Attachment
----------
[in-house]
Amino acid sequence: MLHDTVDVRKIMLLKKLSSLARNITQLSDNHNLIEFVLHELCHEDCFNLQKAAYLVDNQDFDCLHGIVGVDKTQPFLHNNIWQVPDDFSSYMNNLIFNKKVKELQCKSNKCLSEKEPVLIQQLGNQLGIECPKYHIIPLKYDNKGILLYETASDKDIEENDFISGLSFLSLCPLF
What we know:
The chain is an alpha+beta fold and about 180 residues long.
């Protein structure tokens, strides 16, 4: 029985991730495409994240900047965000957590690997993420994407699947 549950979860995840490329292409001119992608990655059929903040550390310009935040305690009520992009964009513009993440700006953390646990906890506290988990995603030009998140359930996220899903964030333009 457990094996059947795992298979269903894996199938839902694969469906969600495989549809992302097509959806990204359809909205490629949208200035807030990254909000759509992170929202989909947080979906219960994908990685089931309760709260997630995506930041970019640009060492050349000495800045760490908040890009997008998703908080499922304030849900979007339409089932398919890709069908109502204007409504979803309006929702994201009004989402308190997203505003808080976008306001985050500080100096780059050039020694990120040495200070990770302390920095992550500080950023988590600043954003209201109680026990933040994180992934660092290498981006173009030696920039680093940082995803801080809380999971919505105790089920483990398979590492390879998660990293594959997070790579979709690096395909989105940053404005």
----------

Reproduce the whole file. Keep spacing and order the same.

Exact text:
[in-house]
Amino acid sequence: MLHDTVDVRKIMLLKKLSSLARNITQLSDNHNLIEFVLHELCHEDCFNLQKAAYLVDNQDFDCLHGIVGVDKTQPFLHNNIWQVPDDFSSYMNNLIFNKKVKELQCKSNKCLSEKEPVLIQQLGNQLGIECPKYHIIPLKYDNKGILLYETASDKDIEENDFISGLSFLSLCPLF
What we know:
The chain is an alpha+beta fold and about 180 residues long.
């Protein structure tokens, strides 16, 4: 029985991730495409994240900047965000957590690997993420994407699947 549950979860995840490329292409001119992608990655059929903040550390310009935040305690009520992009964009513009993440700006953390646990906890506290988990995603030009998140359930996220899903964030333009 457990094996059947795992298979269903894996199938839902694969469906969600495989549809992302097509959806990204359809909205490629949208200035807030990254909000759509992170929202989909947080979906219960994908990685089931309760709260997630995506930041970019640009060492050349000495800045760490908040890009997008998703908080499922304030849900979007339409089932398919890709069908109502204007409504979803309006929702994201009004989402308190997203505003808080976008306001985050500080100096780059050039020694990120040495200070990770302390920095992550500080950023988590600043954003209201109680026990933040994180992934660092290498981006173009030696920039680093940082995803801080809380999971919505105790089920483990398979590492390879998660990293594959997070790579979709690096395909989105940053404005």